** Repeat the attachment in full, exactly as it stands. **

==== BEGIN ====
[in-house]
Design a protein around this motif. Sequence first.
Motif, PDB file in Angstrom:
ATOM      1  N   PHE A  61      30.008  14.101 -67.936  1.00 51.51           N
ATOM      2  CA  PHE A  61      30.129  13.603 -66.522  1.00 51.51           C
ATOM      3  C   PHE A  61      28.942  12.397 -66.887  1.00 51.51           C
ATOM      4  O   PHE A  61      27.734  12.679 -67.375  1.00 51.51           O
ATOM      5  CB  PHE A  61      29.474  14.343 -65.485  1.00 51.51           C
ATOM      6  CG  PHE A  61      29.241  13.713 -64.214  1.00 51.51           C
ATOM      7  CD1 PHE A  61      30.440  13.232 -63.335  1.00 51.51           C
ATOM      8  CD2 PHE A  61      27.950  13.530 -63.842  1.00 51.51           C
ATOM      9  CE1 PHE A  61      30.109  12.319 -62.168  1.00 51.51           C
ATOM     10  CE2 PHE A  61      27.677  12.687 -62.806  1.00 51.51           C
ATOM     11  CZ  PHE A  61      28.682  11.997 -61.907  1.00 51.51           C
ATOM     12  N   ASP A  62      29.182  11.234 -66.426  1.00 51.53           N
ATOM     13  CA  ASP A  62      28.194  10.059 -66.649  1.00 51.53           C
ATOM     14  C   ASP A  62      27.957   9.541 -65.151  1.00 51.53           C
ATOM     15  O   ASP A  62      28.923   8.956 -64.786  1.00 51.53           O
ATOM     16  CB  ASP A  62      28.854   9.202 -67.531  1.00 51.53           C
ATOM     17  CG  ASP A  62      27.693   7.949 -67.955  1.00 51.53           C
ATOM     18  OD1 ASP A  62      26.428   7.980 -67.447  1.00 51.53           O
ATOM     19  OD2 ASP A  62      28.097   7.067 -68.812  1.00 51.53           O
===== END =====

[in-house]
Design a protein around this motif. Sequence first.
Motif, PDB file in Angstrom:
ATOM      1  N   PHE A  61      30.008  14.101 -67.936  1.00 51.51           N
ATOM      2  CA  PHE A  61      30.129  13.603 -66.522  1.00 51.51           C
ATOM      3  C   PHE A  61      28.942  12.397 -66.887  1.00 51.51           C
ATOM      4  O   PHE A  61      27.734  12.679 -67.375  1.00 51.51           O
ATOM      5  CB  PHE A  61      29.474  14.343 -65.485  1.00 51.51           C
ATOM      6  CG  PHE A  61      29.241  13.713 -64.214  1.00 51.51           C
ATOM      7  CD1 PHE A  61      30.440  13.232 -63.335  1.00 51.51           C
ATOM      8  CD2 PHE A  61      27.950  13.530 -63.842  1.00 51.51           C
ATOM      9  CE1 PHE A  61      30.109  12.319 -62.168  1.00 51.51           C
ATOM     10  CE2 PHE A  61      27.677  12.687 -62.806  1.00 51.51           C
ATOM     11  CZ  PHE A  61      28.682  11.997 -61.907  1.00 51.51           C
ATOM     12  N   ASP A  62      29.182  11.234 -66.426  1.00 51.53           N
ATOM     13  CA  ASP A  62      28.194  10.059 -66.649  1.00 51.53           C
ATOM     14  C   ASP A  62      27.957   9.541 -65.151  1.00 51.53           C
ATOM     15  O   ASP A  62      28.923   8.956 -64.786  1.00 51.53           O
ATOM     16  CB  ASP A  62      28.854   9.202 -67.531  1.00 51.53           C
ATOM     17  CG  ASP A  62      27.693   7.949 -67.955  1.00 51.53           C
ATOM     18  OD1 ASP A  62      26.428   7.980 -67.447  1.00 51.53           O
ATOM     19  OD2 ASP A  62      28.097   7.067 -68.812  1.00 51.53           O